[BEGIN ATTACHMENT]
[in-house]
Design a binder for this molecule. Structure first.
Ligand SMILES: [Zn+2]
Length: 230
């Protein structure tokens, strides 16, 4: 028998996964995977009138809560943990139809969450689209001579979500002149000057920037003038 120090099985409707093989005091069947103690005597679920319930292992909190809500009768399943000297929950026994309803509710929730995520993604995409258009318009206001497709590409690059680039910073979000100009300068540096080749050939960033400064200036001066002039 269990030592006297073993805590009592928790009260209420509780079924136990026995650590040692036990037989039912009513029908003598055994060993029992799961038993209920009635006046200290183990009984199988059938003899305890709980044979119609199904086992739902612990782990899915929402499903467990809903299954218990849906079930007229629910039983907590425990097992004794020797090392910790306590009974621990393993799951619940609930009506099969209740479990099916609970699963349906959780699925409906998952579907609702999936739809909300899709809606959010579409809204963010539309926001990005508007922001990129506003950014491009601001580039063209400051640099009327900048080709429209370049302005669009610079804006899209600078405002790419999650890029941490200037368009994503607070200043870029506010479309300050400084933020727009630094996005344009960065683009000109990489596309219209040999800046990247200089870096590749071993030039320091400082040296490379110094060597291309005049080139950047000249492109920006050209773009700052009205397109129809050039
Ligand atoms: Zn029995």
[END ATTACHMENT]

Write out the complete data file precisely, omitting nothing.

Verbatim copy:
[in-house]
Design a binder for this molecule. Structure first.
Ligand SMILES: [Zn+2]
Length: 230
């Protein structure tokens, strides 16, 4: 028998996964995977009138809560943990139809969450689209001579979500002149000057920037003038 120090099985409707093989005091069947103690005597679920319930292992909190809500009768399943000297929950026994309803509710929730995520993604995409258009318009206001497709590409690059680039910073979000100009300068540096080749050939960033400064200036001066002039 269990030592006297073993805590009592928790009260209420509780079924136990026995650590040692036990037989039912009513029908003598055994060993029992799961038993209920009635006046200290183990009984199988059938003899305890709980044979119609199904086992739902612990782990899915929402499903467990809903299954218990849906079930007229629910039983907590425990097992004794020797090392910790306590009974621990393993799951619940609930009506099969209740479990099916609970699963349906959780699925409906998952579907609702999936739809909300899709809606959010579409809204963010539309926001990005508007922001990129506003950014491009601001580039063209400051640099009327900048080709429209370049302005669009610079804006899209600078405002790419999650890029941490200037368009994503607070200043870029506010479309300050400084933020727009630094996005344009960065683009000109990489596309219209040999800046990247200089870096590749071993030039320091400082040296490379110094060597291309005049080139950047000249492109920006050209773009700052009205397109129809050039
Ligand atoms: Zn029995």